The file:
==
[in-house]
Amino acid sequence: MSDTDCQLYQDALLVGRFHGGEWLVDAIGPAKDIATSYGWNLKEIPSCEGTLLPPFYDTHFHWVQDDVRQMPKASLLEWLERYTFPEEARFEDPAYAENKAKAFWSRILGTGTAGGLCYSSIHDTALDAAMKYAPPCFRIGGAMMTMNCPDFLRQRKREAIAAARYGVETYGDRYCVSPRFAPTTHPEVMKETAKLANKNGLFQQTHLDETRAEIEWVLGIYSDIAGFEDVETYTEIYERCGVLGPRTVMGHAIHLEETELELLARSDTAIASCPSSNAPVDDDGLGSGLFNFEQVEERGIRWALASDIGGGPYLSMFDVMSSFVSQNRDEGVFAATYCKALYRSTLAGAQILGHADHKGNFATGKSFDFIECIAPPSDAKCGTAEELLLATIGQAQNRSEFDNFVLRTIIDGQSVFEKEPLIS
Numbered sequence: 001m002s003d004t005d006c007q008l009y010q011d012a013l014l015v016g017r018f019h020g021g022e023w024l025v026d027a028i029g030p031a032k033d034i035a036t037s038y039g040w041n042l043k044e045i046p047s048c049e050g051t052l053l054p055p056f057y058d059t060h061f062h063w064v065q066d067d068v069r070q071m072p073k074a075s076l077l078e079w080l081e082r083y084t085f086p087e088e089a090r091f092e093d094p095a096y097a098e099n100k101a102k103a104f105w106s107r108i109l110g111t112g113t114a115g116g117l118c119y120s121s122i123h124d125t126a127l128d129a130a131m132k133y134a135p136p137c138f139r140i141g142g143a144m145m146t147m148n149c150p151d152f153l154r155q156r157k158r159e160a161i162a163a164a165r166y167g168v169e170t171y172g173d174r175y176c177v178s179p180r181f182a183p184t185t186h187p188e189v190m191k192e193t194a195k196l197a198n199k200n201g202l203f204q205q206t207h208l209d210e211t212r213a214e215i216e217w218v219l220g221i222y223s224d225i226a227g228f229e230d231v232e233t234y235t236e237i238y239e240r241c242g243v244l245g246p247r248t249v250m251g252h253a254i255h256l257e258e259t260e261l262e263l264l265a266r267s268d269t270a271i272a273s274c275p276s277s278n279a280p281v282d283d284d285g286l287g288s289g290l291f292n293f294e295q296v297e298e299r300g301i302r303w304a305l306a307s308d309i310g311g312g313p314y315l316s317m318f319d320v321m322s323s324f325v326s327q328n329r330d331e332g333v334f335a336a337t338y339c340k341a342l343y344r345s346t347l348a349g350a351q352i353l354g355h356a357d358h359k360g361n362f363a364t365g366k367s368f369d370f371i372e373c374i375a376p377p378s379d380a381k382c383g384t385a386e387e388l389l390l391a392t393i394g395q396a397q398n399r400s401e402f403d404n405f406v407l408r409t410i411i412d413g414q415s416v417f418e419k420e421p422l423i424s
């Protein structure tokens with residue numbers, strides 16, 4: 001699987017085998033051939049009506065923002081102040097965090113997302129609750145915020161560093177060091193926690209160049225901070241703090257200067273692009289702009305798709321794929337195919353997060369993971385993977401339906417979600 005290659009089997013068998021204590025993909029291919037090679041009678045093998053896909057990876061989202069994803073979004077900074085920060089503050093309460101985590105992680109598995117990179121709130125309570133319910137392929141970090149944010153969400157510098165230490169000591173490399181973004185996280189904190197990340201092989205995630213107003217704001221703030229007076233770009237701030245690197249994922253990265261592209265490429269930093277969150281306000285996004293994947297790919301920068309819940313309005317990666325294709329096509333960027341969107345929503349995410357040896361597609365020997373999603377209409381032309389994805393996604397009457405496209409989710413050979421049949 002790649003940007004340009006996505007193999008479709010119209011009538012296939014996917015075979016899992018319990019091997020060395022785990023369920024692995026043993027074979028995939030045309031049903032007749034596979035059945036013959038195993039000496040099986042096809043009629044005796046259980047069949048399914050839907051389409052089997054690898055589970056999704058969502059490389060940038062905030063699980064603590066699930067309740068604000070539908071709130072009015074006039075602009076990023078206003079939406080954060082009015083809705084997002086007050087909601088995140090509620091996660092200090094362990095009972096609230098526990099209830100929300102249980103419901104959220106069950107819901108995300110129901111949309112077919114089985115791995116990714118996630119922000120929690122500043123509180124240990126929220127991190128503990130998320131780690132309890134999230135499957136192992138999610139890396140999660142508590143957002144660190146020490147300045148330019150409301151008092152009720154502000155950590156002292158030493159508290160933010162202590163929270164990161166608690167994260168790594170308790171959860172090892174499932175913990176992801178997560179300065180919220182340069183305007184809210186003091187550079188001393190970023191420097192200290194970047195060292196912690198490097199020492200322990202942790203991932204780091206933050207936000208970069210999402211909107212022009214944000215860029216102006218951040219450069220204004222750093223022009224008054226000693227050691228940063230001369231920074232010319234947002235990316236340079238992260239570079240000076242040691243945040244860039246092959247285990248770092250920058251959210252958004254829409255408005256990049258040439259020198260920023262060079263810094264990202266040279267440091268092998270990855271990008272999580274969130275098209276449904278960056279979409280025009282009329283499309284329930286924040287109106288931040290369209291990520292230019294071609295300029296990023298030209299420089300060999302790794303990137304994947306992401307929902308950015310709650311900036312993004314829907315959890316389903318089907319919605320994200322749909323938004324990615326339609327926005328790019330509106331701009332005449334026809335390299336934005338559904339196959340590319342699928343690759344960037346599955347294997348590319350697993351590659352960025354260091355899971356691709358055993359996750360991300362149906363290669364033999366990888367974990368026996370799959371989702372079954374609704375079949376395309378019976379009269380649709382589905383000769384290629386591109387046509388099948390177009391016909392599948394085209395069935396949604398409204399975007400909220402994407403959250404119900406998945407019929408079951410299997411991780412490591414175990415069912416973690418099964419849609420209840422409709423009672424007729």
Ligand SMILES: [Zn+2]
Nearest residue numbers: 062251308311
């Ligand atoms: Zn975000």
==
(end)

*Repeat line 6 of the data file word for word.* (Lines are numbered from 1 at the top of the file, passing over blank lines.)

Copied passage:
Nearest residue numbers: 062251308311